The National Science Foundation (NSF) has launched a new community college competition that aims to capture students' attention and simultaneously address real-world STEM problems, reports Community College Daily.
To compete in the Community College Innovation Challenge, students will submit 90-second videos in groups of three to five that explain STEM solutions to real-world problems in big data, infrastructure security, sustainability, and improving STEM education and participation.
Related: Promoting a culture of innovation
"It's really important that community college students see themselves as the innovators, as people that have a tremendous amount of creativity and expertise to contribute to solving these major, grand challenges facing society," says Susan Singer, director of NSF's Division of Undergraduate Education.
The new competition comes on the heels of the 2013 Graduate Education Challenge. That challenge was so successful that fellows from the American Association for the Advancement of Science suggested sourcing innovative ideas from two-year college students.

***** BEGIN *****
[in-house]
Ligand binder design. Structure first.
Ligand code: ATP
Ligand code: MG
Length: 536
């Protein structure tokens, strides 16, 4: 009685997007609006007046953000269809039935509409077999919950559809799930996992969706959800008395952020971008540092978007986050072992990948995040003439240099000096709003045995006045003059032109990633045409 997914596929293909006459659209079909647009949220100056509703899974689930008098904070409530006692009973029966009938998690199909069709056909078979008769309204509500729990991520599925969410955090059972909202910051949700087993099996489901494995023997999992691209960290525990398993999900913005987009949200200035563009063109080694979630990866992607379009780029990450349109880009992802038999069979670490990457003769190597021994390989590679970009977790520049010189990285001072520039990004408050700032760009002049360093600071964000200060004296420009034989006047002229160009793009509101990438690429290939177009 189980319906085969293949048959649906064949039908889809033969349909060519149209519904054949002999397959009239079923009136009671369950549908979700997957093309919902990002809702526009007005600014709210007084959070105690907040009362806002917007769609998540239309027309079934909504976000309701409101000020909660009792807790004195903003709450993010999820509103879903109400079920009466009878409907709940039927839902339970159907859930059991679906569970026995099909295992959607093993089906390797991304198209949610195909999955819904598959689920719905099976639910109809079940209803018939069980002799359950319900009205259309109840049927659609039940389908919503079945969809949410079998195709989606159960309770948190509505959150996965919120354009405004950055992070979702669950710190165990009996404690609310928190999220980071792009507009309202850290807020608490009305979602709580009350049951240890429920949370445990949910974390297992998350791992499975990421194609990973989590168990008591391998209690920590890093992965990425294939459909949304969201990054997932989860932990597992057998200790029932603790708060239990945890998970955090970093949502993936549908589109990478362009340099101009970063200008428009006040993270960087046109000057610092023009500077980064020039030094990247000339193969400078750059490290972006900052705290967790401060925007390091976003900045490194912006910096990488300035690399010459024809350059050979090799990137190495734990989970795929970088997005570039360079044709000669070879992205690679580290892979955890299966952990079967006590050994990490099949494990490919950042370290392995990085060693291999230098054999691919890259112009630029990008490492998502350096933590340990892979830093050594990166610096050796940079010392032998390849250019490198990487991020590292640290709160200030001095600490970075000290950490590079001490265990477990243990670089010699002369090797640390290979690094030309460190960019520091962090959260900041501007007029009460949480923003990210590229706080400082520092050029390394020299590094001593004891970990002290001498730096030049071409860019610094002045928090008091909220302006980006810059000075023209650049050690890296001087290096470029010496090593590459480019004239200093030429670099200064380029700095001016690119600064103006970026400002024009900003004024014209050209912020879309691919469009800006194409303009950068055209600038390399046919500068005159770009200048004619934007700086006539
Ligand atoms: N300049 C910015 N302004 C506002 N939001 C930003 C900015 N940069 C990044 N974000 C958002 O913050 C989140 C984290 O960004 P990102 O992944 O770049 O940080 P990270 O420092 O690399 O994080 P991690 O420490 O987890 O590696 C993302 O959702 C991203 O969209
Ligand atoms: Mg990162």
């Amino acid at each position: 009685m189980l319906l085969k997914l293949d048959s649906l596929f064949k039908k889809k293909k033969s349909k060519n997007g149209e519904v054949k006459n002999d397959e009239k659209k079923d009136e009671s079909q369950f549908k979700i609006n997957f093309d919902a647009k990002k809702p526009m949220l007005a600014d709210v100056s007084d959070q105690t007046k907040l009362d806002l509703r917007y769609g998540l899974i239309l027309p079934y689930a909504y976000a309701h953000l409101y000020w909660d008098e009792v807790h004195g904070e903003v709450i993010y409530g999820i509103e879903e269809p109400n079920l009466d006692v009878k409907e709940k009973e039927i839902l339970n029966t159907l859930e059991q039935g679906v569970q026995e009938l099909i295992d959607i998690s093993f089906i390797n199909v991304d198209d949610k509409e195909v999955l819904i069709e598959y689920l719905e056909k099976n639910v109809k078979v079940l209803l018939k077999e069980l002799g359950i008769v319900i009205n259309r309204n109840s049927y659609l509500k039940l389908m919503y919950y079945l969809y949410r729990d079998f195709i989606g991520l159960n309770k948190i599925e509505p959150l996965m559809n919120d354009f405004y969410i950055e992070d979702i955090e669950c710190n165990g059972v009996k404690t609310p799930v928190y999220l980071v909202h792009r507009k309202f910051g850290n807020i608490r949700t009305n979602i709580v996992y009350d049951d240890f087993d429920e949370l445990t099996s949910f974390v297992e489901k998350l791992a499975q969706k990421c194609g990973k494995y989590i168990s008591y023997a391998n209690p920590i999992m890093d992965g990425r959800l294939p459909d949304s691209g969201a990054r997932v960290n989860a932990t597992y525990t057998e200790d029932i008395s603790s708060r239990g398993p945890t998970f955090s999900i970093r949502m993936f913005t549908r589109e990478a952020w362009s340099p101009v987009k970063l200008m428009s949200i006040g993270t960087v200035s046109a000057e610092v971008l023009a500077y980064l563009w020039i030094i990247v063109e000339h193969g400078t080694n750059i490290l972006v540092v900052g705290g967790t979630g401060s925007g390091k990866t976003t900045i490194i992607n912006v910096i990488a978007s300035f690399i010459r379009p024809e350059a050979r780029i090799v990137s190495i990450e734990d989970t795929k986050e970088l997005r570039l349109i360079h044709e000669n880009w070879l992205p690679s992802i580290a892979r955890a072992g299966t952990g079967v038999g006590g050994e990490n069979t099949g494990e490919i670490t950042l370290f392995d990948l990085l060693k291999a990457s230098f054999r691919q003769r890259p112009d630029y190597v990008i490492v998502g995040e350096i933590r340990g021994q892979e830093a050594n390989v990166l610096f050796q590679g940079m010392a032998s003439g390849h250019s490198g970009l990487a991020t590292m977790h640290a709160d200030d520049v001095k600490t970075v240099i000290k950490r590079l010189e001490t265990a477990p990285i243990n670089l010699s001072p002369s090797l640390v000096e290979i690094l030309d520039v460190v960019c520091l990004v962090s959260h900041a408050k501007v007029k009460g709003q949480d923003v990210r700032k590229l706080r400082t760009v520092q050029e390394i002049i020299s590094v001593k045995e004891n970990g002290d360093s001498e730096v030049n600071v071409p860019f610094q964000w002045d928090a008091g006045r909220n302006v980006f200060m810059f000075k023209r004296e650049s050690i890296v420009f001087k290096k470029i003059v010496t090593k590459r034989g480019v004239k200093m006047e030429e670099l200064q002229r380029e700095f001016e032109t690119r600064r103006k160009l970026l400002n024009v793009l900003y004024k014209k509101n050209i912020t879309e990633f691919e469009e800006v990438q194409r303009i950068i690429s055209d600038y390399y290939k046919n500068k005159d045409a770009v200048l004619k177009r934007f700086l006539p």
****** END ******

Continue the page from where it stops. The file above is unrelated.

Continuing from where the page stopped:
Each member of the first, second, and third place teams will receive $3,000, $2,000, and $1,000 respectively—and each of the top 10 teams earn $500 to pursue their ideas. Additionally, those 10 teams may attend the Innovation Boot Camp Challenge this summer to network and interact with mentors.
Fifty videos curated by judges will be displayed permanently on NSF's website. Singer says she hopes students will add a line to their resumes and gain self-confidence as innovators (Patton, Community College Daily, 12/5).
Next in Today's Briefing
Around the nation: December 9, 2014